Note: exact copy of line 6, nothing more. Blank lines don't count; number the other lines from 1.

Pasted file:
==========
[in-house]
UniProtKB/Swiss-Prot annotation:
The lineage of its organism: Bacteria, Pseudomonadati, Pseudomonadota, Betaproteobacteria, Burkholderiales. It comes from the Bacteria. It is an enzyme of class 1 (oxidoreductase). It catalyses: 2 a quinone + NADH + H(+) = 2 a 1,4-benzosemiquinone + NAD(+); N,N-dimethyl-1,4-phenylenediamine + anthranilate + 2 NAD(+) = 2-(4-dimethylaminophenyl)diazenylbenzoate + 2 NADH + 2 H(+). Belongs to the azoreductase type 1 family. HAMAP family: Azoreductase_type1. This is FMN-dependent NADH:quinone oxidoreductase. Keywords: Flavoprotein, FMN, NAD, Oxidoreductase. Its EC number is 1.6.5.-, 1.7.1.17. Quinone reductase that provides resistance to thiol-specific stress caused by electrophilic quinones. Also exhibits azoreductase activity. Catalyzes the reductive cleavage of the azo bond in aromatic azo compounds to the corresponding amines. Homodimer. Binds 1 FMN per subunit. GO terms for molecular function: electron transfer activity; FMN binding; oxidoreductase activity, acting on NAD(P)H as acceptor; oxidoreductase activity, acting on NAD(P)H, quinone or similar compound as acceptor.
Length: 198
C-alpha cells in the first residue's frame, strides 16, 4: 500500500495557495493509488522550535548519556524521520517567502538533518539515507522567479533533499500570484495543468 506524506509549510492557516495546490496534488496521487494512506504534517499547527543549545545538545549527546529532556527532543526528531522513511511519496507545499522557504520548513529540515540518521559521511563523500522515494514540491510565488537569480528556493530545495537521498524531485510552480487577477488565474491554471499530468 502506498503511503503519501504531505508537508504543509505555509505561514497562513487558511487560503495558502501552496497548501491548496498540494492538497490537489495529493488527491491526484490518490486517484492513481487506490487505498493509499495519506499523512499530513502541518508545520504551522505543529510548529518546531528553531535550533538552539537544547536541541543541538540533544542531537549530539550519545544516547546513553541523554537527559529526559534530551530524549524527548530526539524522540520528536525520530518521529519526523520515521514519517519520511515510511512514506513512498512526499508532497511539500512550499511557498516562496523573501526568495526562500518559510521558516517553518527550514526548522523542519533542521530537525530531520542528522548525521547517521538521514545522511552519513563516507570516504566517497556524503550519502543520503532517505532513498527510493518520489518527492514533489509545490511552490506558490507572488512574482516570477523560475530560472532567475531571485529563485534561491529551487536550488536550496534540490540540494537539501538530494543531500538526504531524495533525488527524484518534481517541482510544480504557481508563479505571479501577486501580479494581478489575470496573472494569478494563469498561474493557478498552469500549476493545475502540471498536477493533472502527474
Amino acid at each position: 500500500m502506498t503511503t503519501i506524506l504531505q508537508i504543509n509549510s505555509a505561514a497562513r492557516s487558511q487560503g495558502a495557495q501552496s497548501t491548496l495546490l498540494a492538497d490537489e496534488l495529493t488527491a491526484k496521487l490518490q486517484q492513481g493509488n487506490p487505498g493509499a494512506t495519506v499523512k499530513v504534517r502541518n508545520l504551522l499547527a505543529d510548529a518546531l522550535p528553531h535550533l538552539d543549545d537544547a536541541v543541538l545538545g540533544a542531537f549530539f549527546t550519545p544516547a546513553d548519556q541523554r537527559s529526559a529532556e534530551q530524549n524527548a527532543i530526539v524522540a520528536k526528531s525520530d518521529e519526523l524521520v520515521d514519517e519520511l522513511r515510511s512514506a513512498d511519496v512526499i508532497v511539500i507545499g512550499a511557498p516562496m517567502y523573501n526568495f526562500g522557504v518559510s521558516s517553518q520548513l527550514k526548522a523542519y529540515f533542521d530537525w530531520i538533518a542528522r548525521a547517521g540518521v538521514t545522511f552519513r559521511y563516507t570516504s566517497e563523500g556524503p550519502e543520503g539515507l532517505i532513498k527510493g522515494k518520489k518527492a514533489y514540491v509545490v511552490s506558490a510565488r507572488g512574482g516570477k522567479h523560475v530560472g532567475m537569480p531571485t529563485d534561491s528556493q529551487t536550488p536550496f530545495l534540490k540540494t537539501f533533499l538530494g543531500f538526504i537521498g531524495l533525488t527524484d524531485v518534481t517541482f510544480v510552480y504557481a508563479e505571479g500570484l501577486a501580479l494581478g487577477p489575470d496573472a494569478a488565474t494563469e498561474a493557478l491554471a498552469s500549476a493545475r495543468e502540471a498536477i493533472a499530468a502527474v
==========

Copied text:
Amino acid at each position: 500500500m502506498t503511503t503519501i506524506l504531505q508537508i504543509n509549510s505555509a505561514a497562513r492557516s487558511q487560503g495558502a495557495q501552496s497548501t491548496l495546490l498540494a492538497d490537489e496534488l495529493t488527491a491526484k496521487l490518490q486517484q492513481g493509488n487506490p487505498g493509499a494512506t495519506v499523512k499530513v504534517r502541518n508545520l504551522l499547527a505543529d510548529a518546531l522550535p528553531h535550533l538552539d543549545d537544547a536541541v543541538l545538545g540533544a542531537f549530539f549527546t550519545p544516547a546513553d548519556q541523554r537527559s529526559a529532556e534530551q530524549n524527548a527532543i530526539v524522540a520528536k526528531s525520530d518521529e519526523l524521520v520515521d514519517e519520511l522513511r515510511s512514506a513512498d511519496v512526499i508532497v511539500i507545499g512550499a511557498p516562496m517567502y523573501n526568495f526562500g522557504v518559510s521558516s517553518q520548513l527550514k526548522a523542519y529540515f533542521d530537525w530531520i538533518a542528522r548525521a547517521g540518521v538521514t545522511f552519513r559521511y563516507t570516504s566517497e563523500g556524503p550519502e543520503g539515507l532517505i532513498k527510493g522515494k518520489k518527492a514533489y514540491v509545490v511552490s506558490a510565488r507572488g512574482g516570477k522567479h523560475v530560472g532567475m537569480p531571485t529563485d534561491s528556493q529551487t536550488p536550496f530545495l534540490k540540494t537539501f533533499l538530494g543531500f538526504i537521498g531524495l533525488t527524484d524531485v518534481t517541482f510544480v510552480y504557481a508563479e505571479g500570484l501577486a501580479l494581478g487577477p489575470d496573472a494569478a488565474t494563469e498561474a493557478l491554471a498552469s500549476a493545475r495543468e502540471a498536477i493533472a499530468a502527474v